During that time, enrolled members of the Osage Indian nation were among the wealthiest people per capita in the world. The rich oil fields beneath their reservation brought millions of dollars into the tribe annually, distributed to tribal members holding "headrights" that could not be bought or sold but only inherited. This vast wealth attracted the attention of unscrupulous whites who found ways to divert it to themselves by marrying Osage women or by having Osage declared legally incompetent so the whites could fleece them through the administration of their estates. For some, however, these deceptive tactics were not enough, and a plague of violent death—by shooting, poison, orchestrated automobile accident, and bombing—began to decimate the Osage in what they came to call the "Reign of Terror." Corrupt and incompetent law enforcement and judicial systems ensured that the perpetrators were never found or punished until the young J. Edgar Hoover saw cracking these cases as a means of burnishing the reputation of the newly professionalized FBI. Bestselling New Yorker staff writer Grann (The Devil and Sherlock Holmes: Tales of Murder, Madness, and Obsession, 2010, etc.) follows Special Agent Tom White and his assistants as they track the killers of one extended Osage family through a closed local culture of greed, bigotry, and lies in pursuit of protection for the survivors and justice for the dead. But he doesn't stop there; relying almost entirely on primary and unpublished sources, the author goes on to expose a web of conspiracy and corruption that extended far wider than even the FBI ever suspected. This page-turner surges forward with the pacing of a true-crime thriller, elevated by Grann's crisp and evocative prose and enhanced by dozens of period photographs.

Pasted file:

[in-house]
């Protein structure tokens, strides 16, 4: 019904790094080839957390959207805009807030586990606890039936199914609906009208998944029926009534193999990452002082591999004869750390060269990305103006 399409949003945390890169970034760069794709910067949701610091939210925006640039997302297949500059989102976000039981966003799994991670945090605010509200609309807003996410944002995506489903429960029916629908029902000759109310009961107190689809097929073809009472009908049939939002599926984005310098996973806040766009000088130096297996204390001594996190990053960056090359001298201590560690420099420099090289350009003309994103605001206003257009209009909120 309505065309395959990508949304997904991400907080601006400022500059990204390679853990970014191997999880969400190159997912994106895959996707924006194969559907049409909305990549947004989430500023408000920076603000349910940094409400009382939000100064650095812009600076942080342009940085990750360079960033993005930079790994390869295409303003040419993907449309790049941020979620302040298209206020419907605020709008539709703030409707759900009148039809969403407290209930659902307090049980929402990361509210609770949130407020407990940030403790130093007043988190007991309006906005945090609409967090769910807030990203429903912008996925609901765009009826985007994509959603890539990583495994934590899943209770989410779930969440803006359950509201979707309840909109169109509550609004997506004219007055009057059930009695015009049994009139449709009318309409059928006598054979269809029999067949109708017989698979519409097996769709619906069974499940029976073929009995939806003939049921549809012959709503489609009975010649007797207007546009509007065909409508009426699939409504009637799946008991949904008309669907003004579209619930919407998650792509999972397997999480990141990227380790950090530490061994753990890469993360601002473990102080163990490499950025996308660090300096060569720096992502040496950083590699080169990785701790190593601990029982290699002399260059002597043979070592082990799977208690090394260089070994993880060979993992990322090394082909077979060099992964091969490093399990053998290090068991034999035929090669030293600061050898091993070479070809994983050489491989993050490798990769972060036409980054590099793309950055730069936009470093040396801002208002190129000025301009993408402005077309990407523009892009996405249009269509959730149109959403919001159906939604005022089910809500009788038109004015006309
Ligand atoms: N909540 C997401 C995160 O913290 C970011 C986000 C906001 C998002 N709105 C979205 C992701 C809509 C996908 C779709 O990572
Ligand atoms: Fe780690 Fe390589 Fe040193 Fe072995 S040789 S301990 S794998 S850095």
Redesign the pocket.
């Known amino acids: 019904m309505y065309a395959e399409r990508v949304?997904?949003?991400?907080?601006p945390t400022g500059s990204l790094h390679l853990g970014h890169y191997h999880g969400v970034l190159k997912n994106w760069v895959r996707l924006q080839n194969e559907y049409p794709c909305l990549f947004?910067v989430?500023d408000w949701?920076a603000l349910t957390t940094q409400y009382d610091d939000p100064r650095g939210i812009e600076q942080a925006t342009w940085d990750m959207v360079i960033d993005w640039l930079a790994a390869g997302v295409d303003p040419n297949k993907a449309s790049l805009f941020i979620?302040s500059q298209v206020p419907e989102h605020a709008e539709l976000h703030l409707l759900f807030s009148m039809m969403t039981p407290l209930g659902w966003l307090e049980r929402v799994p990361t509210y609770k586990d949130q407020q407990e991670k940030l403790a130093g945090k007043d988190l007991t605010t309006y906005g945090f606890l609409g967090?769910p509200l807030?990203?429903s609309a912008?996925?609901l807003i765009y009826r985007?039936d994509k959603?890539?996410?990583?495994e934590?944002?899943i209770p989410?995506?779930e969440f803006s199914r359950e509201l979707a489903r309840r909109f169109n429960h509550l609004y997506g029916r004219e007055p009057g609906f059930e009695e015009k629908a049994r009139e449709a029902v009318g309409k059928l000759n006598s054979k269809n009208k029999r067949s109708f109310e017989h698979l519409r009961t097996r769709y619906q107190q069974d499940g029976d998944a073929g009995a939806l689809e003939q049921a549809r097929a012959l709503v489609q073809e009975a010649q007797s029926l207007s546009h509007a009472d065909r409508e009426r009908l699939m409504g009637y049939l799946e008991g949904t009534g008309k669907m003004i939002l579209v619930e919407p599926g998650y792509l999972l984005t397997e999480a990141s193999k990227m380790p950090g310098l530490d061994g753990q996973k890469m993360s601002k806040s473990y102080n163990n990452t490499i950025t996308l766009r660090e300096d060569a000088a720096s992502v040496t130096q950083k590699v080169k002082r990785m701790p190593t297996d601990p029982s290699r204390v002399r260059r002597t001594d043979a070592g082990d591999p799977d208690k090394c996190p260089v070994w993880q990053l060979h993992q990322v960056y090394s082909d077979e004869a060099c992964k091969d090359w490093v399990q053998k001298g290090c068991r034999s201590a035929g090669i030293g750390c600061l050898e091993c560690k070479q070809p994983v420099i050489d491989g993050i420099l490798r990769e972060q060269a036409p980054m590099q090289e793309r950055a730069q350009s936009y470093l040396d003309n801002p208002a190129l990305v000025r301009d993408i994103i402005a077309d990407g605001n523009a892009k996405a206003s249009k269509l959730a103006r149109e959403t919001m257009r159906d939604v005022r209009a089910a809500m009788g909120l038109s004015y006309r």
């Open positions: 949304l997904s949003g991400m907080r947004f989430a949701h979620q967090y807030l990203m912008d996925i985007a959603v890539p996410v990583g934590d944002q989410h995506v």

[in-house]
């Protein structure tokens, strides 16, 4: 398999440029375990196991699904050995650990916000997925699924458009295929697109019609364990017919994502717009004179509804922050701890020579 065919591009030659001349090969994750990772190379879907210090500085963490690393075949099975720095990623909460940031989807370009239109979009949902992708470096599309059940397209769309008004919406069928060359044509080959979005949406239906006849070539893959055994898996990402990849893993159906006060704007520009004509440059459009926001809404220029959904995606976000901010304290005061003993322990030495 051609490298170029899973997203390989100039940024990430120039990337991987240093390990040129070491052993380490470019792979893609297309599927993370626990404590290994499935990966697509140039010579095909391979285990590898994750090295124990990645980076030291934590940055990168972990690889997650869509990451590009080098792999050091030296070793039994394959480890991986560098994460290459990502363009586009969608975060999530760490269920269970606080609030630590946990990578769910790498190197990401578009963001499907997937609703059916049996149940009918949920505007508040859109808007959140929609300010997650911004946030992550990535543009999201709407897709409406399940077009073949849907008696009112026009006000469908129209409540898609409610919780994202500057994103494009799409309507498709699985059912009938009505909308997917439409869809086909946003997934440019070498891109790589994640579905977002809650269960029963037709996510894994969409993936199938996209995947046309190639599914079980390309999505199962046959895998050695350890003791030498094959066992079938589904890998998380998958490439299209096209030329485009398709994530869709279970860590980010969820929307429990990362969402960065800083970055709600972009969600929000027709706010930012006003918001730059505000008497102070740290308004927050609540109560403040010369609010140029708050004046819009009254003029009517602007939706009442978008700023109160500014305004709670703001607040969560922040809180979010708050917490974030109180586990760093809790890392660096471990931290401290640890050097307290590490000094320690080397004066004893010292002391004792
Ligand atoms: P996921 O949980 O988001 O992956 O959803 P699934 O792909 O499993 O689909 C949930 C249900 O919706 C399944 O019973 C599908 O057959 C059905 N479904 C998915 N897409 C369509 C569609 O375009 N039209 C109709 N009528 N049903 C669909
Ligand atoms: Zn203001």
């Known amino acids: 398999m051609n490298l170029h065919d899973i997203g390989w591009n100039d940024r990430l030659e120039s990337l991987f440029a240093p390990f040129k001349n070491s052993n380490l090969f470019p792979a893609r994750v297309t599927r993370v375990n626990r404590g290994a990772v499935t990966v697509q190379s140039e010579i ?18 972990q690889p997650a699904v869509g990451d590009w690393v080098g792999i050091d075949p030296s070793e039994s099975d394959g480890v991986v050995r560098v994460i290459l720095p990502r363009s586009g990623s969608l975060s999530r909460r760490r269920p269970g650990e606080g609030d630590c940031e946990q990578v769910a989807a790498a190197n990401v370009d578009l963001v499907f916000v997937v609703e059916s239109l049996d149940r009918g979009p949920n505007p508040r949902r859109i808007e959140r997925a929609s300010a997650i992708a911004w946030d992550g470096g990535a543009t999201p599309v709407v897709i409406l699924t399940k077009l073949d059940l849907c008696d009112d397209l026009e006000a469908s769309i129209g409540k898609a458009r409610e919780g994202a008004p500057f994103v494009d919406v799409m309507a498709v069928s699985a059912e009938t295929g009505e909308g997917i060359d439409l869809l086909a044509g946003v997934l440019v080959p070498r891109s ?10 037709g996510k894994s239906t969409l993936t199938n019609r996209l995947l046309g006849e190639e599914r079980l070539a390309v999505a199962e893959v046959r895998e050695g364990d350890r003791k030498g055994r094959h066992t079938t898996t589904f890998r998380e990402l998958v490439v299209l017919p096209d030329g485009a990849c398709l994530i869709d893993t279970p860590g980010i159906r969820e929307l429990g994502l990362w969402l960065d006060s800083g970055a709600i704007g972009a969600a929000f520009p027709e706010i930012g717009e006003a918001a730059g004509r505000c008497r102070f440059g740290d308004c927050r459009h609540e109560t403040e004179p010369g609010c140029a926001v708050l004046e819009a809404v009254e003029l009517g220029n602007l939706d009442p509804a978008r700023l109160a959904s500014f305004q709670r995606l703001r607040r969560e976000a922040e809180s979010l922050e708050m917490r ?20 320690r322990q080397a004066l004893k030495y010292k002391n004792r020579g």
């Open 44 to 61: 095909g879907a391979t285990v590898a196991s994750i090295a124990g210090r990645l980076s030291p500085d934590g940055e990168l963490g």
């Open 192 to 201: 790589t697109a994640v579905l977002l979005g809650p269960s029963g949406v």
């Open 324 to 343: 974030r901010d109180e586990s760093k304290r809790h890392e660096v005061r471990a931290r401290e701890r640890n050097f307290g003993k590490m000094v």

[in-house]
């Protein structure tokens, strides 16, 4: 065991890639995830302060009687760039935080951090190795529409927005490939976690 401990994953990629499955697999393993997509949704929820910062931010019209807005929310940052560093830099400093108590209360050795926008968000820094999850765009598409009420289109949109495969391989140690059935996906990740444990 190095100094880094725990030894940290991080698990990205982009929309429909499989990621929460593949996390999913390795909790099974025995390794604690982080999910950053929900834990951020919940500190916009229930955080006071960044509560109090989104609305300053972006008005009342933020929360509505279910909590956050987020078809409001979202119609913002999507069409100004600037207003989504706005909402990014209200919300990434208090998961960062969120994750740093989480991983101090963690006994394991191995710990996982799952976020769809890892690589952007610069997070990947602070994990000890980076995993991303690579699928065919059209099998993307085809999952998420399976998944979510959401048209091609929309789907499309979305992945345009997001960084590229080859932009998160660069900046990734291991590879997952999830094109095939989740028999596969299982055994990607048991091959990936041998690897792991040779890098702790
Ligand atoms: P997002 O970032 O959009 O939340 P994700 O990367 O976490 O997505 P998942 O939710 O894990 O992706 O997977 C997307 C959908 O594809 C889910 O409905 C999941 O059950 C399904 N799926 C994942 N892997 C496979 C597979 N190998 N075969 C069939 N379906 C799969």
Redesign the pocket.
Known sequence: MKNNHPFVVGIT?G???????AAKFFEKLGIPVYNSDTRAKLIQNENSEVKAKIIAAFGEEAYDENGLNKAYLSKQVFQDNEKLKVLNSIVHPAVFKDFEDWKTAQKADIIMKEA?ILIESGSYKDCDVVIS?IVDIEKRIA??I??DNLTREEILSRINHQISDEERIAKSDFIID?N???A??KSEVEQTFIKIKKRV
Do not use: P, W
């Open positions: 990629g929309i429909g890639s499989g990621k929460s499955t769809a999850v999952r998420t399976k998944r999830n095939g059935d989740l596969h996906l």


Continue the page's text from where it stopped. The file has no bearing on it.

Dogged original research and superb narrative skills come together in this gripping account of pitiless evil.

Pub Date: April 18, 2017

ISBN: 978-0-385-53424-6

Page Count: 352

Publisher: Doubleday

Review Posted Online: Feb. 1, 2017

Kirkus Reviews Issue: Feb. 15, 2017

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NIGHT

The author's youthfulness helps to assure the inevitable comparison with the Anne Frank diary although over and above the...

Elie Wiesel spent his early years in a small Transylvanian town as one of four children. 

He was the only one of the family to survive what Francois Maurois, in his introduction, calls the "human holocaust" of the persecution of the Jews, which began with the restrictions, the singularization of the yellow star, the enclosure within the ghetto, and went on to the mass deportations to the ovens of Auschwitz and Buchenwald. There are unforgettable and horrifying scenes here in this spare and sombre memoir of this experience of the hanging of a child, of his first farewell with his father who leaves him an inheritance of a knife and a spoon, and of his last goodbye at Buchenwald his father's corpse is already cold let alone the long months of survival under unconscionable conditions. 

The author's youthfulness helps to assure the inevitable comparison with the Anne Frank diary although over and above the sphere of suffering shared, and in this case extended to the death march itself, there is no spiritual or emotional legacy here to offset any reader reluctance.

Pub Date: Jan. 16, 2006

ISBN: 0374500010

Page Count: 120

Publisher: Hill & Wang

Review Posted Online: Oct. 7, 2011

Kirkus Reviews Issue: Jan. 15, 2006